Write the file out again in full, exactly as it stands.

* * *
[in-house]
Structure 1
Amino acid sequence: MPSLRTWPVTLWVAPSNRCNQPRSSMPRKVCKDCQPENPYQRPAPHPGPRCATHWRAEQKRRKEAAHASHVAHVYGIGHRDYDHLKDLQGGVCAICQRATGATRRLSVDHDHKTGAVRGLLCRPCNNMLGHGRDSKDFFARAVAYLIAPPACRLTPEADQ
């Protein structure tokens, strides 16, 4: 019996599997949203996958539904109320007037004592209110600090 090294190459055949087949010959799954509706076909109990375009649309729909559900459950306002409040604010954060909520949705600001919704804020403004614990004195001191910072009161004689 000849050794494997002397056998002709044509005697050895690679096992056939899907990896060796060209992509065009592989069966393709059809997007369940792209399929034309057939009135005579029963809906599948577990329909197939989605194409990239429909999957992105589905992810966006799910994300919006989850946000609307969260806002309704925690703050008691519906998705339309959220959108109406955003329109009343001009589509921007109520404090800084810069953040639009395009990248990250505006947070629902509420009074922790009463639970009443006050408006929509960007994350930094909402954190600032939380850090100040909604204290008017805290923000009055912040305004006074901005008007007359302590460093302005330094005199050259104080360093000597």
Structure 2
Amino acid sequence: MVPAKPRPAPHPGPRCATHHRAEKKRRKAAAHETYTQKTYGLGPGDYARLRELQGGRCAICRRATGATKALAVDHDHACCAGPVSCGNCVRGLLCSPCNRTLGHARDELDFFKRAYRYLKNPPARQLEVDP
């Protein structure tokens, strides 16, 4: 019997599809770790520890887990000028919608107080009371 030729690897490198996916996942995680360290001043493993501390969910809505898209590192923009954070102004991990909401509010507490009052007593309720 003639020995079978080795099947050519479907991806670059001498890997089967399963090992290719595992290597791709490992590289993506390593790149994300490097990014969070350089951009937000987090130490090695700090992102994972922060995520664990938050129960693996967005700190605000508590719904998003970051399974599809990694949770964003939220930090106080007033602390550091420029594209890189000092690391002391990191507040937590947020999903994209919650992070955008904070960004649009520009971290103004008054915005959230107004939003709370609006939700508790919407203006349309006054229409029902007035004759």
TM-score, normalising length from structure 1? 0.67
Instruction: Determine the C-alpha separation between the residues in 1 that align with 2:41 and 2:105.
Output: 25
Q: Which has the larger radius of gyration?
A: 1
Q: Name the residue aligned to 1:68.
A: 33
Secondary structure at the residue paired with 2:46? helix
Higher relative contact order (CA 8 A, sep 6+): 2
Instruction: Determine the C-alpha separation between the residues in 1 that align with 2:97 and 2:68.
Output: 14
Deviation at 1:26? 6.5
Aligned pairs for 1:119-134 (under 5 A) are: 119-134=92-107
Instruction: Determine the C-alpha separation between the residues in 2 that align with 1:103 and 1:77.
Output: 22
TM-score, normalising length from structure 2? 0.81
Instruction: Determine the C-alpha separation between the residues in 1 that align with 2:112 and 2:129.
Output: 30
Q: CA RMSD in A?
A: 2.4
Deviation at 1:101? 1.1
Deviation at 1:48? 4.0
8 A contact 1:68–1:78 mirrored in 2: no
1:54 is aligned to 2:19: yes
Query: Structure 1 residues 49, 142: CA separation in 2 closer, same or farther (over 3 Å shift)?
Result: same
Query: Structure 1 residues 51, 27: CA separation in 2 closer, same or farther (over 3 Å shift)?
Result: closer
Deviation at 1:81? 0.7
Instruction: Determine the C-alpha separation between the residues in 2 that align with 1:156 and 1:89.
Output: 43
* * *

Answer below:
[in-house]
Structure 1
Amino acid sequence: MPSLRTWPVTLWVAPSNRCNQPRSSMPRKVCKDCQPENPYQRPAPHPGPRCATHWRAEQKRRKEAAHASHVAHVYGIGHRDYDHLKDLQGGVCAICQRATGATRRLSVDHDHKTGAVRGLLCRPCNNMLGHGRDSKDFFARAVAYLIAPPACRLTPEADQ
């Protein structure tokens, strides 16, 4: 019996599997949203996958539904109320007037004592209110600090 090294190459055949087949010959799954509706076909109990375009649309729909559900459950306002409040604010954060909520949705600001919704804020403004614990004195001191910072009161004689 000849050794494997002397056998002709044509005697050895690679096992056939899907990896060796060209992509065009592989069966393709059809997007369940792209399929034309057939009135005579029963809906599948577990329909197939989605194409990239429909999957992105589905992810966006799910994300919006989850946000609307969260806002309704925690703050008691519906998705339309959220959108109406955003329109009343001009589509921007109520404090800084810069953040639009395009990248990250505006947070629902509420009074922790009463639970009443006050408006929509960007994350930094909402954190600032939380850090100040909604204290008017805290923000009055912040305004006074901005008007007359302590460093302005330094005199050259104080360093000597």
Structure 2
Amino acid sequence: MVPAKPRPAPHPGPRCATHHRAEKKRRKAAAHETYTQKTYGLGPGDYARLRELQGGRCAICRRATGATKALAVDHDHACCAGPVSCGNCVRGLLCSPCNRTLGHARDELDFFKRAYRYLKNPPARQLEVDP
């Protein structure tokens, strides 16, 4: 019997599809770790520890887990000028919608107080009371 030729690897490198996916996942995680360290001043493993501390969910809505898209590192923009954070102004991990909401509010507490009052007593309720 003639020995079978080795099947050519479907991806670059001498890997089967399963090992290719595992290597791709490992590289993506390593790149994300490097990014969070350089951009937000987090130490090695700090992102994972922060995520664990938050129960693996967005700190605000508590719904998003970051399974599809990694949770964003939220930090106080007033602390550091420029594209890189000092690391002391990191507040937590947020999903994209919650992070955008904070960004649009520009971290103004008054915005959230107004939003709370609006939700508790919407203006349309006054229409029902007035004759």
TM-score, normalising length from structure 1? 0.67
Instruction: Determine the C-alpha separation between the residues in 1 that align with 2:41 and 2:105.
Output: 25
Q: Which has the larger radius of gyration?
A: 1
Q: Name the residue aligned to 1:68.
A: 33
Secondary structure at the residue paired with 2:46? helix
Higher relative contact order (CA 8 A, sep 6+): 2
Instruction: Determine the C-alpha separation between the residues in 1 that align with 2:97 and 2:68.
Output: 14
Deviation at 1:26? 6.5
Aligned pairs for 1:119-134 (under 5 A) are: 119-134=92-107
Instruction: Determine the C-alpha separation between the residues in 2 that align with 1:103 and 1:77.
Output: 22
TM-score, normalising length from structure 2? 0.81
Instruction: Determine the C-alpha separation between the residues in 1 that align with 2:112 and 2:129.
Output: 30
Q: CA RMSD in A?
A: 2.4
Deviation at 1:101? 1.1
Deviation at 1:48? 4.0
8 A contact 1:68–1:78 mirrored in 2: no
1:54 is aligned to 2:19: yes
Query: Structure 1 residues 49, 142: CA separation in 2 closer, same or farther (over 3 Å shift)?
Result: same
Query: Structure 1 residues 51, 27: CA separation in 2 closer, same or farther (over 3 Å shift)?
Result: closer
Deviation at 1:81? 0.7
Instruction: Determine the C-alpha separation between the residues in 2 that align with 1:156 and 1:89.
Output: 43